Monday, August 27, 2012

The Other Roll Tide General

William Henry Forney

       I wrote a blog over a year ago about the Confederacy's Roll Tide General. The story was about Brigadier General John Caldwell Calhoun Sanders who was attending the University of Alabama when the Civil War began. He fought in Lee's Army of Northern Virginia and was killed at the Battle of the Weldon Railroad south of Petersburg.
       For some reason I had forgotten about William Henry Forney, who also attended the University of Alabama and graduated there in 1844. Since we are just days away from my favorite team kicking off the football season against the Michigan Wolverines, I thought this would be the perfect time to write a blog about this Crimson Tide Confederate General. 
       Forney was born in North Carolina in 1823, but moved to Alabama with his family at the ripe old age of eight. He fought in the Mexican War and then returned to Alabama where he practiced law. He also served as a Trustee of the University of Alabama from 1851 until 1860. In 1859 he was elected to the state legislature. 
       When the war began, he became captain of Company G, 10th Alabama Infantry. His brother John Horace Forney commanded the regiment. William would be shot in the shin at his first engagement at Dranesville. He was wounded and captured at the Battle of Williamsburg, being shot in the right arm near the shoulder, his arm was broken. Following his exchange, he was promoted to colonel of the 10th. His brother Henry had been promoted to brigadier general.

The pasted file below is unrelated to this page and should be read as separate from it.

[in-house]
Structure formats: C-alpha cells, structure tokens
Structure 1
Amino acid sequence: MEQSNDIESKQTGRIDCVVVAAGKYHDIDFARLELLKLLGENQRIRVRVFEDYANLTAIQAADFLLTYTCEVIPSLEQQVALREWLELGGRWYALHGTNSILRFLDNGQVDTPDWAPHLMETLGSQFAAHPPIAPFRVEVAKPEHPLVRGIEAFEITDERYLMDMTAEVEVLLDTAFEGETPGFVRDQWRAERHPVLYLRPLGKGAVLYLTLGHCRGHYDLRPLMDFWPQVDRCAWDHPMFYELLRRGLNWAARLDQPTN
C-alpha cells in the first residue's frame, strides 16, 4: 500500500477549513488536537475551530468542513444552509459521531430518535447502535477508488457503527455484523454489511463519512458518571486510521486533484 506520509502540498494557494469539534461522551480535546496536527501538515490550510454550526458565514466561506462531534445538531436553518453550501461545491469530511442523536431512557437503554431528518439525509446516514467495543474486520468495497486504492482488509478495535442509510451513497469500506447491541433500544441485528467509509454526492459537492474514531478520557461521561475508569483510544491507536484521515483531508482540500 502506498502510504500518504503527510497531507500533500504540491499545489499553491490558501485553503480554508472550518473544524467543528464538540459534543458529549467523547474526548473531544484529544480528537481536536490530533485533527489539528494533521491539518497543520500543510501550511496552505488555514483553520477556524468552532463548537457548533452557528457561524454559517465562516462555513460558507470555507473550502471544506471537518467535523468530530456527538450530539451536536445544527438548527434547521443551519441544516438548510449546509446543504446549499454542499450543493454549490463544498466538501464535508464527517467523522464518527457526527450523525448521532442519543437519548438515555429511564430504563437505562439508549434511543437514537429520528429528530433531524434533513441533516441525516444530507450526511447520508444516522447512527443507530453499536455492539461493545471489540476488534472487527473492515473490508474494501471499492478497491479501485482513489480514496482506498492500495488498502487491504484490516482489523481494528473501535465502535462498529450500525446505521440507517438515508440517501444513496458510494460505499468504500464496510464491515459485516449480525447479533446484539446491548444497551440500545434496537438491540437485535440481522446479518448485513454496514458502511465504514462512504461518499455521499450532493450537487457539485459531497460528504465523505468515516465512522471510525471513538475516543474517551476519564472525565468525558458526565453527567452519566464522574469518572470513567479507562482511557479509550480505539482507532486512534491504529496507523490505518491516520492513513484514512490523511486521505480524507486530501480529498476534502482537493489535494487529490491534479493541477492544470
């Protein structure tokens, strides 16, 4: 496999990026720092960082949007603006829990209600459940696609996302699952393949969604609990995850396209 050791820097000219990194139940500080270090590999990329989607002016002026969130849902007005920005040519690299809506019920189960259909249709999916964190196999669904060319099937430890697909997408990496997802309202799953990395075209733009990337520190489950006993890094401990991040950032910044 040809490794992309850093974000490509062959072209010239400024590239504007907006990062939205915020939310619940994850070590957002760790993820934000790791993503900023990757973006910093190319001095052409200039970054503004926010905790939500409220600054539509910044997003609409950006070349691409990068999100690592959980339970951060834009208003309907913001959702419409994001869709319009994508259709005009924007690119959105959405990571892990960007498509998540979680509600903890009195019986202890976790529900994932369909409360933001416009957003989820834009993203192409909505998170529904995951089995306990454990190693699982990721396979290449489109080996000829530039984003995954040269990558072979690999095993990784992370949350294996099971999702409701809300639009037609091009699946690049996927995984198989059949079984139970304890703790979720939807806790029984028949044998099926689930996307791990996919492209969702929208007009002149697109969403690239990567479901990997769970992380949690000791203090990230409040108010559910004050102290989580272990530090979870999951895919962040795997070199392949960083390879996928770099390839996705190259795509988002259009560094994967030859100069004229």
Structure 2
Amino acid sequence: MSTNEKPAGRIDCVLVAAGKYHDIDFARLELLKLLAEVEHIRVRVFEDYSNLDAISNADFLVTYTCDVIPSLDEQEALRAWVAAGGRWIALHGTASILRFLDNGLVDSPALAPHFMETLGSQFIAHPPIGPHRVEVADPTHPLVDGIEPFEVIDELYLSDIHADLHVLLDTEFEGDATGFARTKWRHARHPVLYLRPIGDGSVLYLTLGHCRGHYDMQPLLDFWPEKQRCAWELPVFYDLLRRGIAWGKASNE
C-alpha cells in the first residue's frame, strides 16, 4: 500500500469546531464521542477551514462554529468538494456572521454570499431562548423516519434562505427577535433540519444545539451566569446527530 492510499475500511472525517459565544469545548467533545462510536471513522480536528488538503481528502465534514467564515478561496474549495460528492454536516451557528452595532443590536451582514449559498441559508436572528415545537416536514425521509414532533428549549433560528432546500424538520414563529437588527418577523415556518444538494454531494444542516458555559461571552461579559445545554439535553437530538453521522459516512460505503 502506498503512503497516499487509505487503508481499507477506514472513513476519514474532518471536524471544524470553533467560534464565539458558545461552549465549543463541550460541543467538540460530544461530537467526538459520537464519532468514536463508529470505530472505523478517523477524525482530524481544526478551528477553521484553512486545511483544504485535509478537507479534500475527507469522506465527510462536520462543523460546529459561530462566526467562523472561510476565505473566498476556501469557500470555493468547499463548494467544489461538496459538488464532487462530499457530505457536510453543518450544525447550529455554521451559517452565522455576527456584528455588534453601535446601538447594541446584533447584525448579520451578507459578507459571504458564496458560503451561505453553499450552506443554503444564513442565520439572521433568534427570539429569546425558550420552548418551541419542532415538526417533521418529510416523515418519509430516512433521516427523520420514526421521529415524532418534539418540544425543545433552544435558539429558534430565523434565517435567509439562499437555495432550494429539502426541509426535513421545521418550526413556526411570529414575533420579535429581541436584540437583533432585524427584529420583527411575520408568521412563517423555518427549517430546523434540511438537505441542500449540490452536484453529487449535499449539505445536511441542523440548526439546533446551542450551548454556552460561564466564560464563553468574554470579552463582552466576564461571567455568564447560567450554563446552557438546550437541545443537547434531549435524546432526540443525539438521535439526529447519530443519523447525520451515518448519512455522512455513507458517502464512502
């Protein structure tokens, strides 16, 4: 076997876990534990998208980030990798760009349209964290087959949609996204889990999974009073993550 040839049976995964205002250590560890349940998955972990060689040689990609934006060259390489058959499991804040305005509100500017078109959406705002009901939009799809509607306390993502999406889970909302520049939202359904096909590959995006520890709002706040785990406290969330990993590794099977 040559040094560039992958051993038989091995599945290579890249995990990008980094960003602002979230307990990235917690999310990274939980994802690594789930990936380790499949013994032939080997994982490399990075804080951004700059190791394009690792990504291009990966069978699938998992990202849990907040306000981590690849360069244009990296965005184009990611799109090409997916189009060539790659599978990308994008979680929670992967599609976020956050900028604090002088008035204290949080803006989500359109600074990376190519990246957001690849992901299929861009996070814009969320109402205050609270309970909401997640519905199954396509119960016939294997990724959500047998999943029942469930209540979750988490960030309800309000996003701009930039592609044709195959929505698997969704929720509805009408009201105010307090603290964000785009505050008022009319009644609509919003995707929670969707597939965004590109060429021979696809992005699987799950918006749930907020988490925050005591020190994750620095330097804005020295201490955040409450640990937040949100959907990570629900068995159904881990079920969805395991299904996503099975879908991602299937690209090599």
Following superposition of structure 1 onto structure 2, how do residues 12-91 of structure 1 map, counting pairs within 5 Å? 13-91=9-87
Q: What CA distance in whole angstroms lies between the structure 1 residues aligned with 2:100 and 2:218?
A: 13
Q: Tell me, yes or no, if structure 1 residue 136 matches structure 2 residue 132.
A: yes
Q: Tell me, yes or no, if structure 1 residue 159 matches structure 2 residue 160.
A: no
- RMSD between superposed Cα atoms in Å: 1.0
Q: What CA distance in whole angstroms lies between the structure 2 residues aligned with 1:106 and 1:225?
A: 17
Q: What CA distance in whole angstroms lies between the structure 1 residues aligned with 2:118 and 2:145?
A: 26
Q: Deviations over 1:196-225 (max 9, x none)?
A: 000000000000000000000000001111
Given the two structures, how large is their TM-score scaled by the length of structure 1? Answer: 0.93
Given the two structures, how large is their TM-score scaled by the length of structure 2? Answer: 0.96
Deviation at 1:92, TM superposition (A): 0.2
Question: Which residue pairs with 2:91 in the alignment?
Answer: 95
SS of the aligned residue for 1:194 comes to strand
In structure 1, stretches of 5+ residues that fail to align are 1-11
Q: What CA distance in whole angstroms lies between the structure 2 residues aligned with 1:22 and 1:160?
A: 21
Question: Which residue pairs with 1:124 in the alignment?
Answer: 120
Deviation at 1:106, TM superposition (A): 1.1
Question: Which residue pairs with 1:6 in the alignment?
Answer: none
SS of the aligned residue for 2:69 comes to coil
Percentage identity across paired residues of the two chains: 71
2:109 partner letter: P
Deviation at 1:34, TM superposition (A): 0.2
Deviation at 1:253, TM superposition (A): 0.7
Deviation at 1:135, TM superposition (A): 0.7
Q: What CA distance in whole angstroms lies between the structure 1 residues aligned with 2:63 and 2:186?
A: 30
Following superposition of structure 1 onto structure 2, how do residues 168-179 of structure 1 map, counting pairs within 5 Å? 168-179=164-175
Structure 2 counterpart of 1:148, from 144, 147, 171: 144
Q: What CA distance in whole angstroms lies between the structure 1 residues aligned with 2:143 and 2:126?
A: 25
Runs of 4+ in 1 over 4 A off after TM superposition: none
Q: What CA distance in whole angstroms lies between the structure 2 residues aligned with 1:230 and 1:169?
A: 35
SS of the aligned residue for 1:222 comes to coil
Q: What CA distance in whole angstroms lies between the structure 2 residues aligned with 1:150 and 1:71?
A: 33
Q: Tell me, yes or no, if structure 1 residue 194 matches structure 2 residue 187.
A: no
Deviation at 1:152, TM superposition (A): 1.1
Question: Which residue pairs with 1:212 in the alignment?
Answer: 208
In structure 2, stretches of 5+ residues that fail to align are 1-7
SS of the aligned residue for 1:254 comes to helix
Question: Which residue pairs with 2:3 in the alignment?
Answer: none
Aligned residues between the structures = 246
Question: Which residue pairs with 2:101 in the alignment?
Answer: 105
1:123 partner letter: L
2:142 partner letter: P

He commanded the regiment at Salem Church, one of the battles in the Chancellorsville Campaign. Again, he was wounded, but only slightly in the leg. At Gettysburg, he led the regiment in the assault on Sickles's line near the Peach Orchard. He was wounded twice, but continued to remain with his men when a third bullet broke his right arm again. Still, he pressed on with his men until a bullet took away his left heel. The wound was severely painful and again, he was left behind and captured by the Federals. 

The only know photographs are post-war sittings.

       Upon exchange, Forney was promoted to brigadier general and took command of Wilcox's brigade. Wilcox had been promoted to major general and given command of a division. He joined his brigade in the trenches at Petersburg. He served in command of the brigade during the Petersburg campaign and surrendered with his men at Appomattox. 
       Following the war he returned to practicing law and eventually served in the United States Congress. He died in 1894 and was buried in the City Cemetery, Jacksonville, Alabama. His brother Major General John Forney and Major John Pelham are both buried in this cemetery. 
       Major General Cadmus Wilcox said Forney was "intelligent, energetic, and gallant in commanding, directing, and leading his men." 
       General Robert E. Lee said of Forney, "An excellent officer and worthy of promotion," and he is "an officer of intelligence, energy and bravery and of long and faithful service."

Forney's Grave Site

       William's brother John was not a Roll Tide General because John who was six years younger than William obtained an appointment to West Point. This also explains why his younger brother was ranked above William throughout the war. I was having a conversation the other day with the Tuscumbia City Historian John McWilliams. He asked me if I knew why southerners loved football so much. I knew he was about to drop something good on me, so I took the bait and asked why. He said "It's because those damned Yankee's can only put eleven men on the field unlike the Civil War. So just five days from kickoff, all I have to say is "Roll Tide" General Forney!

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